Other ways organisations can foster a supportive culture include showing empathy, creating a peer-to-peer connection programme, developing a mental health resource page and building slack into the system.
And it makes good business sense! Hewlett-Packard Enterprise was addressing burnout before the pandemic and their efforts enabled them to show resilience during the crisis. As a result, 92% of their employees agreed that their leaders had shown genuine concern for their well-being. The implications for business performance are obvious.
3. Continue self-development
Too many people are promoted to senior leadership roles on the basis of technical skills, sales figures or current performance alone. They are then left to 'sink or swim' as they face a new way of working that requires different skills. Many of course sink, and those that survive often fail to realise their full potential because they gravitate back to the behaviours and tools that helped them survive in their first year/s. With a relatively limited set of tools, they then have to work harder and harder to meet increasing demands.
Organisations that provide leadership development programmes are much better placed for success: leader-managers are the bedrock of sustained performance and, as well as being better equipped to realise rapidly changing opportunities and address threats, leaders who have been given the necessary skills and tools are far better prepared to handle the pressures of their roles (and to enjoy them more - with the attendant business and personal benefits that brings!).
Whilst they are not a substitute for in-depth training and facilitation, there are many short courses that offer busy leaders the ability to begin to quickly learn some key tools and techniques to address many issues. The LinkedIn Learning Zone is a good place to start.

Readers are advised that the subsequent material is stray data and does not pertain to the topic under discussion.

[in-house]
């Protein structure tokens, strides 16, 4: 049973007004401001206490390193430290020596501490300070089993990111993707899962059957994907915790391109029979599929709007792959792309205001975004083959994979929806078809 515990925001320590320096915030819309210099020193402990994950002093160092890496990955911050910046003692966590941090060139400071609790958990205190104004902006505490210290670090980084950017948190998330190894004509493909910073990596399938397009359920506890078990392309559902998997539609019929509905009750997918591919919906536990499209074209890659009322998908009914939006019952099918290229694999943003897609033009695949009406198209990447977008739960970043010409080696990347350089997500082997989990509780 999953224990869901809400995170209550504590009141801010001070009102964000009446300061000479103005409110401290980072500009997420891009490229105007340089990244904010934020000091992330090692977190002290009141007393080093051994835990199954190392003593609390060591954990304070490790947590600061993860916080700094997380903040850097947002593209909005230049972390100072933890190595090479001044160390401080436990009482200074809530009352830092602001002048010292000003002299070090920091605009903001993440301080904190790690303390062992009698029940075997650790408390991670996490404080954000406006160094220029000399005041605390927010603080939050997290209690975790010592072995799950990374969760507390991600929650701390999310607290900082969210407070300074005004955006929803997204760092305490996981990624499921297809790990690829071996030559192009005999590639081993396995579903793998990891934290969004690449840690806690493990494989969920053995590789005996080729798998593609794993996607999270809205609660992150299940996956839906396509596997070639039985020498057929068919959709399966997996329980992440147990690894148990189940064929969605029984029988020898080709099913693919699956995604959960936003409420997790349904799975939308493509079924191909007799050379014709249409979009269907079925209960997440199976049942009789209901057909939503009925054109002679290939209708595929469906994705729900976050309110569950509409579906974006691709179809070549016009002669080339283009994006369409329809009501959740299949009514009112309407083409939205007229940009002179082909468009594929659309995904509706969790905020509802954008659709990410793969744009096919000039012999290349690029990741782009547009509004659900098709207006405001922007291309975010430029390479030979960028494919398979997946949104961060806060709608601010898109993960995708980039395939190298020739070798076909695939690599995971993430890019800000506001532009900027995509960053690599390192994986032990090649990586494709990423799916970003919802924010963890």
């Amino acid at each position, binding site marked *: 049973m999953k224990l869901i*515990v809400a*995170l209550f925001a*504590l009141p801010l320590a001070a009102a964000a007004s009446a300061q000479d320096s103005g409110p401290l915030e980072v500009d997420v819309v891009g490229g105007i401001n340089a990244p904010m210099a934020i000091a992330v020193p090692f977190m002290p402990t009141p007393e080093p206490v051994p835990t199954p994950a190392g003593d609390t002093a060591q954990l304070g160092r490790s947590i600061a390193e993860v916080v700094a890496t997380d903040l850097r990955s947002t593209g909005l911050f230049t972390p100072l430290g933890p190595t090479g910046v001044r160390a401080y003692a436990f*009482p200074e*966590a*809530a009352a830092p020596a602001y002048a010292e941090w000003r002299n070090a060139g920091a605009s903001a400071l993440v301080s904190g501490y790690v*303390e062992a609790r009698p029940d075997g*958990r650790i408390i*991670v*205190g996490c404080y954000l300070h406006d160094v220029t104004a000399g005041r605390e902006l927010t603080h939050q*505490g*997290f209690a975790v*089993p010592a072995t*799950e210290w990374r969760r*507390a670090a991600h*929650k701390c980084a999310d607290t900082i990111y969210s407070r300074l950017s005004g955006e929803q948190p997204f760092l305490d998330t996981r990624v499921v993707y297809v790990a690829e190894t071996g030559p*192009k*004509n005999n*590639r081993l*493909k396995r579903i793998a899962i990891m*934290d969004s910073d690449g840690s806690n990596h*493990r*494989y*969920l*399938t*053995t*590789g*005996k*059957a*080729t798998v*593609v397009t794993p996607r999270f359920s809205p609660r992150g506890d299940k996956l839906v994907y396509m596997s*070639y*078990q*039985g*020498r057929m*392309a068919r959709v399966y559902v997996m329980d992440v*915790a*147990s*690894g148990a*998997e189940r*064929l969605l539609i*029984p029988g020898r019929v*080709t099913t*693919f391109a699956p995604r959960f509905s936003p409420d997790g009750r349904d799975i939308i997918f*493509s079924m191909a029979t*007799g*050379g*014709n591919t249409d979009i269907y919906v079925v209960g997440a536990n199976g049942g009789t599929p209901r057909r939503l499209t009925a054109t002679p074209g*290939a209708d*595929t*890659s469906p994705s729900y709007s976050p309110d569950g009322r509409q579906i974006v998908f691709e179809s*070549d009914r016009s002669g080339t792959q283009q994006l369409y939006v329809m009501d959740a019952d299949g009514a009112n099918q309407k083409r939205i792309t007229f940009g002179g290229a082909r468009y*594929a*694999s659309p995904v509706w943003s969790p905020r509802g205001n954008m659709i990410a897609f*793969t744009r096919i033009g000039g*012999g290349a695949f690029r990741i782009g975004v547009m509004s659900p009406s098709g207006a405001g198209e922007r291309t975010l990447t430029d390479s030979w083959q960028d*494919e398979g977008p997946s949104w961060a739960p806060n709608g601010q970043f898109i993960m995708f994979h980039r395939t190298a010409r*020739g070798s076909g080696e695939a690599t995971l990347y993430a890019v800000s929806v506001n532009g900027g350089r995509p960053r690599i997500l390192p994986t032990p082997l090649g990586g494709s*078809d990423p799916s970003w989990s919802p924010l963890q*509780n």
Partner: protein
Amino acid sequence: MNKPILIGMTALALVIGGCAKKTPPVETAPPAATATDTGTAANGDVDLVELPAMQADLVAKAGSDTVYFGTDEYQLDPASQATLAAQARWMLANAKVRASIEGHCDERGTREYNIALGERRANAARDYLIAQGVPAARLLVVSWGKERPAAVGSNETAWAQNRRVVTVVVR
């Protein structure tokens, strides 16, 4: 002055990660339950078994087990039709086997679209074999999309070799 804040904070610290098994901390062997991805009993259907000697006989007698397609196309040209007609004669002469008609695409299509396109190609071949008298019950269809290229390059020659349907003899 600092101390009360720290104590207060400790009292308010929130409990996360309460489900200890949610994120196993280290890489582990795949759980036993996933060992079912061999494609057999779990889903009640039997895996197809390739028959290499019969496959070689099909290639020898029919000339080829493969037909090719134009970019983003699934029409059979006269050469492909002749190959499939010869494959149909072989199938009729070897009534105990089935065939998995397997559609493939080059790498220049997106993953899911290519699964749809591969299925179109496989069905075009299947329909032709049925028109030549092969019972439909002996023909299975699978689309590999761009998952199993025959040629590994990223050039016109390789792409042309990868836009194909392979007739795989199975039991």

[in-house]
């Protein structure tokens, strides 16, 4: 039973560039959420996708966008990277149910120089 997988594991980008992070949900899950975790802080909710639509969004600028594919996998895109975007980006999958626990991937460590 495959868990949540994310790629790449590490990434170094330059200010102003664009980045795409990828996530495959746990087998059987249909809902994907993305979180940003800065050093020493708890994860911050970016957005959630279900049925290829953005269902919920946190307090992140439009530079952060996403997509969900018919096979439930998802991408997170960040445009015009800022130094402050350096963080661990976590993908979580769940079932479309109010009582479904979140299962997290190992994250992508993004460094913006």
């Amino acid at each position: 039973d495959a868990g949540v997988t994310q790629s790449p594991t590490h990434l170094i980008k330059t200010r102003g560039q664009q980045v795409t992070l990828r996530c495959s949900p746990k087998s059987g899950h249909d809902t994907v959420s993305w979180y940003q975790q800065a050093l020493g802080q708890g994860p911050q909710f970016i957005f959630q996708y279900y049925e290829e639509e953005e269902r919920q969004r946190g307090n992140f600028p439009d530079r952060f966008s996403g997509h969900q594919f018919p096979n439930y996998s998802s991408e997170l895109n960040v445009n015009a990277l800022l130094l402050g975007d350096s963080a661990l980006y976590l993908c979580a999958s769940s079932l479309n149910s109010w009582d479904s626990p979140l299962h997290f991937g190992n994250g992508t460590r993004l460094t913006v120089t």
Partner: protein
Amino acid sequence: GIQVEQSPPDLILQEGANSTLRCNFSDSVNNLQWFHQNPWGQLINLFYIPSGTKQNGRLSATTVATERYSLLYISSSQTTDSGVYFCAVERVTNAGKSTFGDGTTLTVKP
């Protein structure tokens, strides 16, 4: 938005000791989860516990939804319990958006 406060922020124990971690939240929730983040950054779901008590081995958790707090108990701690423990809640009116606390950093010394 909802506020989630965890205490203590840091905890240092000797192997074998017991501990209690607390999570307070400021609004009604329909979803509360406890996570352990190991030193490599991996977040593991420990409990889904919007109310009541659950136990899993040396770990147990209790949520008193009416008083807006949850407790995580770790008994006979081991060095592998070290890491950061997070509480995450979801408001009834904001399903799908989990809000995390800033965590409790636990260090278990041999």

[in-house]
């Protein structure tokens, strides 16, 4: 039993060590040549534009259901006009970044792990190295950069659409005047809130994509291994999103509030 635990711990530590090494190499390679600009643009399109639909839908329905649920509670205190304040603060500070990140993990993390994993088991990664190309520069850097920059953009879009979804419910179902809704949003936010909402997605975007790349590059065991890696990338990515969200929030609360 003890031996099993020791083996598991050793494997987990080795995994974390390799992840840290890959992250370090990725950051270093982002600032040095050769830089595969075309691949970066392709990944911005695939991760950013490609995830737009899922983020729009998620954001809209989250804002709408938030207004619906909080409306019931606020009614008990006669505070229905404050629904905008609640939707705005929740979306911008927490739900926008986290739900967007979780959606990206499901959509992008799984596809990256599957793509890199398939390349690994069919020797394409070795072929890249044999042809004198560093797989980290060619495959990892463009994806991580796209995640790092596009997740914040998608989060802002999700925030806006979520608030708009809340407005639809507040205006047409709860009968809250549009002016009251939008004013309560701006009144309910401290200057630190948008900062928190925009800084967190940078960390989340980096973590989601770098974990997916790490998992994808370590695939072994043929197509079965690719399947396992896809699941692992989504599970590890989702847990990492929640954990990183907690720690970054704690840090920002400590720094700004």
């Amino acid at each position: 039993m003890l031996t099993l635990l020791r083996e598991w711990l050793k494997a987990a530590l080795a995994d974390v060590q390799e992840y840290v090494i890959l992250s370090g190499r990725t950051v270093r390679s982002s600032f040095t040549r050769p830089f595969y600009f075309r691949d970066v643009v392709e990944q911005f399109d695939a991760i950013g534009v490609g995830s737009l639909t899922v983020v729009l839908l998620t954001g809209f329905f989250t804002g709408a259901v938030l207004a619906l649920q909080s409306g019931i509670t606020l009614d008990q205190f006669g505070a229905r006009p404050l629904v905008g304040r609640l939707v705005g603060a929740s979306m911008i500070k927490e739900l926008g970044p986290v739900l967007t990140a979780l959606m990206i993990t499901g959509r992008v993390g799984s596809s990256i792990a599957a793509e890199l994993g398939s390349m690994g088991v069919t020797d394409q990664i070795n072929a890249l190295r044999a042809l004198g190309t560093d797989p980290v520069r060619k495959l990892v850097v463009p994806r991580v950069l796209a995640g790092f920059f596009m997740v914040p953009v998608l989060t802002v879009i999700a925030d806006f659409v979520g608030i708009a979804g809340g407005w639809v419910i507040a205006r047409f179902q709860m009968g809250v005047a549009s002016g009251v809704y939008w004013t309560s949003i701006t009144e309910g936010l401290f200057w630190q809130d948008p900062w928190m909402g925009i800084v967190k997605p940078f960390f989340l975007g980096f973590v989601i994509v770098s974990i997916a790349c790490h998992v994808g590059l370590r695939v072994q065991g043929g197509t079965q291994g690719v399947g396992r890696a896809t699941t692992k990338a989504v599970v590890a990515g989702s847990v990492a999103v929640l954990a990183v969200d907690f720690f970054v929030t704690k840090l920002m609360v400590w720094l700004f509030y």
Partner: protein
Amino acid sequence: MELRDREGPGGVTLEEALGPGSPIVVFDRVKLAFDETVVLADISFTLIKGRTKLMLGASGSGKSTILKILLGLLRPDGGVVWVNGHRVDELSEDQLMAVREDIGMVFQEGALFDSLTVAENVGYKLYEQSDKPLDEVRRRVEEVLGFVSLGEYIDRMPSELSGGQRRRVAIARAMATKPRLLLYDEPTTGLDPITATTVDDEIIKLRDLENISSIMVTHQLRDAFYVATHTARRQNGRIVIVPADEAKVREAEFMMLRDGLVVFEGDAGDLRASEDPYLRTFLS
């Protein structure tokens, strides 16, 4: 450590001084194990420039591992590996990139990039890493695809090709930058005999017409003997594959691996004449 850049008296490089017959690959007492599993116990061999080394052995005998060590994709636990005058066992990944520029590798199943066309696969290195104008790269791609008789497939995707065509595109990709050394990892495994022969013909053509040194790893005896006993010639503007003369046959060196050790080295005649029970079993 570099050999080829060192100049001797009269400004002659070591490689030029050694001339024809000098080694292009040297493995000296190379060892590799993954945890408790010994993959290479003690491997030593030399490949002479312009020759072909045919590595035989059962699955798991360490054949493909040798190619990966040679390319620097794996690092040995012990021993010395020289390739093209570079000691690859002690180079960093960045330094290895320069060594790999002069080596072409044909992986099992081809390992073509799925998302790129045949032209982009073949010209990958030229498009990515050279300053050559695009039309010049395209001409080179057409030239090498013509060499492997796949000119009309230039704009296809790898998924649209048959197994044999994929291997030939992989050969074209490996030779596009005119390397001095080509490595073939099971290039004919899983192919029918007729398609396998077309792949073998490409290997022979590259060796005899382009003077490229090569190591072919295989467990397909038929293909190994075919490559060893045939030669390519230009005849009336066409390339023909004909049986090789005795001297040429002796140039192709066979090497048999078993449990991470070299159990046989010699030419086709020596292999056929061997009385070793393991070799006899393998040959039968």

Investing time and resources here will both save time and boost performance.
4. Create a supportive work culture
Remember the 1980s mantra that 'lunch is for wimps'? It was never a smart approach and it makes even less sense in today's increasingly pressured world. The mentality behind it, though, is still common, despite the mountain of evidence which shows that it actually harms productivity in the long run.
I have seen many instances whereby an organisation either does not understand the reality and depth of the condition (thinking that people just need a break) or has feigned concern about the risk of burnout among its staff. In either case, they may implement some of the steps above but they do so in a disjointed, unplanned way in a clumsy attempt at a quick-fix solution. The problem is that if a company's culture is not genuinely supportive, any such approach is mere window-dressing, and it will be seen as such.
For example, imagine a scenario in which a CEO says that if people are working too hard they should finish work at 5 pm. He/she and other senior executives, though, pointedly stay at work until late and look with barely disguised suspicion at those who do leave on time. The messages are clear: 'I don't really mean it and if you want to get on here, you'll stay late'!